F1 Cars Won’t Run LED Wheel Covers in 2024 After All
Added weight and complexity are likely to blame for F1’s idea to run LED wheel covers.
Formula 1 had grand plans to introduce flashy LED wheel covers for the 2024 season. Now, haters of the gaudy and glowy can rejoice, however, as the idea has now been scrapped per the FIA regulations set for the new year.
As covered by RaceFans, rules were prepared last year to allow illuminated wheel covers to be used in the sport. Thus far, no team has ever run the covers in a race weekend. They have been seen just once, when McLaren ran a test set of LED wheel covers at post-season testing at Abu Dhabi in 2021. The allowance has now been struck from the 2024 technical regulations, as per the first draft released by the FIA. The regulations remain in place in 2023, though it seems unlikely any team will run them this season.
Formula 1 reintroduced wheel covers for 2022, returning after a ban that stood from 2010 onwards. In practice, teams have gone for basic wheel covers, with some teams like McLaren applying stickers for sponsor logos.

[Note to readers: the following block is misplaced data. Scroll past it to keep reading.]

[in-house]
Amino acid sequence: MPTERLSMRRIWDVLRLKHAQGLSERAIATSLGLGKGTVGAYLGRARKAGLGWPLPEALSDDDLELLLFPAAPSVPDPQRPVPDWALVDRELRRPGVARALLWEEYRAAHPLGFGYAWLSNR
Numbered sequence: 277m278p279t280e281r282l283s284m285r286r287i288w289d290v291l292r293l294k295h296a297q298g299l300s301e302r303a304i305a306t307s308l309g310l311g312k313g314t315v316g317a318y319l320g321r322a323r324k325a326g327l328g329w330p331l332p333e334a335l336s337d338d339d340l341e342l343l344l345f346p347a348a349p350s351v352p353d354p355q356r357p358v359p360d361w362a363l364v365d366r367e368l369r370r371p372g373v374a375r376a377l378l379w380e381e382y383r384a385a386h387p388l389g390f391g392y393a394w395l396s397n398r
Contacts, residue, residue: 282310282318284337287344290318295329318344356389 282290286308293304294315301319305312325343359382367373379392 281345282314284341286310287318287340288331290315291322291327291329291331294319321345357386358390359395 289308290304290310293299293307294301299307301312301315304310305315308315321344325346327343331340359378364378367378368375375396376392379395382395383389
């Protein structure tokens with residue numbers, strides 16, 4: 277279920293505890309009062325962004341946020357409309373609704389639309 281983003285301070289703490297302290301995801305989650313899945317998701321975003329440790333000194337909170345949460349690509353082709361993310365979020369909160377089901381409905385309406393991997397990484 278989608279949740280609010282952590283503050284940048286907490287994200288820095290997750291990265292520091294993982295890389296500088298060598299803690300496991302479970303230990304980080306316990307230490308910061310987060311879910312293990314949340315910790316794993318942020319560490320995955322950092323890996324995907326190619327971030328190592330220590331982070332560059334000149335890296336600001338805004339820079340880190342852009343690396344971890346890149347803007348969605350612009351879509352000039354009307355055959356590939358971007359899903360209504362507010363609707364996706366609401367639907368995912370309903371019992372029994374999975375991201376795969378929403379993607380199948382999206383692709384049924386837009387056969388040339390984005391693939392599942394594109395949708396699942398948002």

Had teams adopted illuminated wheel covers, they could have been used to convey information to spectators in a visual fashion. As an example, simple block colors could indicate tire choices or a driver's sector times in qualifying. Using the persistence of vision display techniques could allow the covers to display graphical or textual data, like lap times or race positions.
One of the biggest concerns around the technology was the added weight penalty. F1 teams are already struggling to bring their cars down to the minimum weight allowed under the current rules. Some have gone as far as removing paint from certain body panels to reclaim every last gram. Under those circumstances, adding LED displays simply isn't going to happen.
Endurance racing is a good example of where LED display technology has really taken off. Cars in the IMSA WeatherTech Championship competition use LED displays to display a car's position. The World Endurance Championship uses three "leader lights" to indicate which cars are first, second, and third in their respective class. In the large mixed fields of these events, the displays are a huge boon to fans, particularly those at the track.
The smaller and more distinct field of F1 has thus far not justified such LED displays. As the video above by RedExions shows, there is good potential to use LED wheel covers in a way that interacts with fans, though it's hard to say such small (or possibly low-res) displays would be visible from a distance. It's a technology with an added cool factor, sure, but for now, the idea has been firmly deposited in the "too hard" basket.
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